Alums who do cool things: WaterFire founder Barnaby Evans ’75

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WaterFire is often cited as one of Providence’s premier attractions and an event which every Brown student should experience at least once in his or her time here. It’s no coincidence, then, that WaterFire founder and Executive Artistic Director Barnaby Evans ’75 attended Brown, back when the New Curriculum was still new and Providence was an entirely different city. He spoke with us about his influences, his goals, and how WaterFire and the multi-disciplinary, international nature of Providence are influencing projects across the globe.

BlogDH: What drew you to Brown?

Evans: Absolutely the New Curriculum. I was fascinated that a university was going to affirmatively talk about the importance of cross-disciplinary scholarship and engagement, and I think that we’ve made such great advances in many fields… but there’s a tremendous amount to be learned about the dialogue and the areas between fields. And that’s what I liked about Brown; that Brown wasn’t accidentally going to engage that. It was going to go head-on and say ‘this is important.’ You saw that in a lot of different things, like the way the medical program is set up.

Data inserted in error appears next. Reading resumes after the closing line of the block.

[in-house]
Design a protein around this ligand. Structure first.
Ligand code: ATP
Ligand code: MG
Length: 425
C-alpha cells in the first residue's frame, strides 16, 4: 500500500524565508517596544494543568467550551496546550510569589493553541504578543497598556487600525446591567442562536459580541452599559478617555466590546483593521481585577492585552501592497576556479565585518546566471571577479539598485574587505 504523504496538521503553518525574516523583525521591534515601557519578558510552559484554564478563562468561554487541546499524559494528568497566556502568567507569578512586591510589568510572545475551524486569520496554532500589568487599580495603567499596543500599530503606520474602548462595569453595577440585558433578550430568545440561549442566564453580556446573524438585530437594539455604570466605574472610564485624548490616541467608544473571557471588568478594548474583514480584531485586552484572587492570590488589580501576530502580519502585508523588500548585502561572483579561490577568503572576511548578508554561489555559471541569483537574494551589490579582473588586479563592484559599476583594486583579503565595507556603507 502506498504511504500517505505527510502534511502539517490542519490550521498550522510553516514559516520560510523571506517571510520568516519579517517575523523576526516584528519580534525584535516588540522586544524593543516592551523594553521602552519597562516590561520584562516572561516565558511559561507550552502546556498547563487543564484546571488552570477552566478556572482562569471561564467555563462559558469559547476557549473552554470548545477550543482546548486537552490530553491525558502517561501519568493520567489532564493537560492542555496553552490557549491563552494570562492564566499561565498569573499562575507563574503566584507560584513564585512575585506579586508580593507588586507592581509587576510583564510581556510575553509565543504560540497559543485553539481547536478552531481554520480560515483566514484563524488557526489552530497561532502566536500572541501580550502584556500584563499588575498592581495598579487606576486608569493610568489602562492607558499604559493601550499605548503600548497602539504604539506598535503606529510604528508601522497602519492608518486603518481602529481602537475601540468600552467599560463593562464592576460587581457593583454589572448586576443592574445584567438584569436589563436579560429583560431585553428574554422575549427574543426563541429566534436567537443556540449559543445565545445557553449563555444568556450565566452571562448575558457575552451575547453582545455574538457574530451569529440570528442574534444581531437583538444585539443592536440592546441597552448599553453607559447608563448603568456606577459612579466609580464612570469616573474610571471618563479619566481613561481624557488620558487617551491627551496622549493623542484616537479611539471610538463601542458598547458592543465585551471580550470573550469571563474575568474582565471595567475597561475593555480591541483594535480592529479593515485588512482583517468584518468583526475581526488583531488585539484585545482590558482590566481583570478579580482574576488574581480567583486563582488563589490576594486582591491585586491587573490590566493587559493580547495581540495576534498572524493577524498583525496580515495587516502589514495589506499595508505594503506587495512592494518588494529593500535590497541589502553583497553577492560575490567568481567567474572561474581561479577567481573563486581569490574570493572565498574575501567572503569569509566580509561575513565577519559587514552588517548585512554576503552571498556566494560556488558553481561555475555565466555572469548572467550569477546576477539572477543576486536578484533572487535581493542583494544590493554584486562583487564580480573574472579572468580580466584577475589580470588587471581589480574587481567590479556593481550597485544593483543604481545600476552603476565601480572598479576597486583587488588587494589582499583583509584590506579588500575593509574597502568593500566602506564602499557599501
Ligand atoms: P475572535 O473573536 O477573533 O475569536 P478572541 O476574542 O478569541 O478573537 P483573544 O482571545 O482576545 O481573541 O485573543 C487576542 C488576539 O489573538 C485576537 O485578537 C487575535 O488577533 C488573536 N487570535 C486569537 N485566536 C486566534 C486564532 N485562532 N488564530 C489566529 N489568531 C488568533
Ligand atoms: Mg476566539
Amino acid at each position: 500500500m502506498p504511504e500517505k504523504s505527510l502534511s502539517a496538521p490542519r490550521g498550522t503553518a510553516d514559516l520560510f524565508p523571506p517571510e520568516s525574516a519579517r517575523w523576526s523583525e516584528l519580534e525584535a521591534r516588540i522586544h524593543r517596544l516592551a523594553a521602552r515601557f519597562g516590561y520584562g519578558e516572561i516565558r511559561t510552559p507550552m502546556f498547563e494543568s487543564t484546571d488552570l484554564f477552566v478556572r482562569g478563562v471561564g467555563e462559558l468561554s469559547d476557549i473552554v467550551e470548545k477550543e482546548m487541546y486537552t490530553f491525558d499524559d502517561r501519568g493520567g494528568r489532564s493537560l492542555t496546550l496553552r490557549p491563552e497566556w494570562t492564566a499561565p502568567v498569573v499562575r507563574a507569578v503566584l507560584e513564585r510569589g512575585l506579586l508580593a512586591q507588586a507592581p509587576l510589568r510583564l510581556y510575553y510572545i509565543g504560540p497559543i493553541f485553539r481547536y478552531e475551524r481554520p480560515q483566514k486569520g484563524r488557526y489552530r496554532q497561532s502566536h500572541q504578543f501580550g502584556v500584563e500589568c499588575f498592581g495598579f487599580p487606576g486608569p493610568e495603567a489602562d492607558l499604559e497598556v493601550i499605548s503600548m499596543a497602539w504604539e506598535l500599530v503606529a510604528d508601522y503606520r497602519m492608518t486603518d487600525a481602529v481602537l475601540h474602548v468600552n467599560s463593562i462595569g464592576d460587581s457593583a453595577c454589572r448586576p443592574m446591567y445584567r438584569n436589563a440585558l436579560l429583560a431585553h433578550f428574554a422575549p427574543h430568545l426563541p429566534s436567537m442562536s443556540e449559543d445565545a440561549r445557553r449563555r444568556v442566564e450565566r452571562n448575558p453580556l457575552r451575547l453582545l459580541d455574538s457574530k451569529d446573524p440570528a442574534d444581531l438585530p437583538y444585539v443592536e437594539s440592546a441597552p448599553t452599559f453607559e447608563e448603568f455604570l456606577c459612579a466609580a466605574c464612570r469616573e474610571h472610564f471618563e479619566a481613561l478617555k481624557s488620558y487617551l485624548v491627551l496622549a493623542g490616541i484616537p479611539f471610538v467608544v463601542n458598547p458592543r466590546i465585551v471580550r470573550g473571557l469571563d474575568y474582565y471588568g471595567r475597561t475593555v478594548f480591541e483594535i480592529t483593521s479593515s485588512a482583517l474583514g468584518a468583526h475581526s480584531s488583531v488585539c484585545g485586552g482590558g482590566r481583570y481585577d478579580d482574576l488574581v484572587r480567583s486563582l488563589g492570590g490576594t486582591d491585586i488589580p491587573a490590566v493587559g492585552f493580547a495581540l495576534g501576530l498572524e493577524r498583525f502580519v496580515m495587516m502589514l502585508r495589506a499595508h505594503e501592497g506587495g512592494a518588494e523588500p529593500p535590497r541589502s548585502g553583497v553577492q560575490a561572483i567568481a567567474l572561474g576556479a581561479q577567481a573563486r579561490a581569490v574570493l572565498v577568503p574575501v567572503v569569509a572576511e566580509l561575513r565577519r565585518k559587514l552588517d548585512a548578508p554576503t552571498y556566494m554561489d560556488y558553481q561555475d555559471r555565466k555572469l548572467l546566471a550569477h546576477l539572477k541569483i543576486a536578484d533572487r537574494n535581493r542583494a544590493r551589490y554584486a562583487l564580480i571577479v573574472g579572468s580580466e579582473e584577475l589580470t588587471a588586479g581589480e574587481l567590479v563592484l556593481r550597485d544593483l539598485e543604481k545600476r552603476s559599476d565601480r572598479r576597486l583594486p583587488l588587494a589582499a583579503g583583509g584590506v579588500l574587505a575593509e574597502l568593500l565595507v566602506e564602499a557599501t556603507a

BlogDH: Was there anything particularly formative about your time at Brown that you think helped influence your development of WaterFire?

Evans: I think Brown opened a whole series of universes to me in a very graceful way, and caused me to realize the complexity and interdependence of many of these departments, so that I was comfortable engaging in different dialogues of different disciplines in a way that I don’t think I otherwise would have been. And there’s a great balance at Brown, I’ve found, between the dialogue of making a decision, the rigorousness of the scholarship, and also the engagement to make a difference and make a positive change. You’ve got to have all those things balanced together, and I think Brown does that and, more specifically, the student who chooses to come to Brown does that. Of equal importance is what I learned from my fellow students as what I learned from my professors at the institution. There’s a collegiality and a professionalism at all levels that I think exemplifies liberal education, and I think Brown should be very proud of that.

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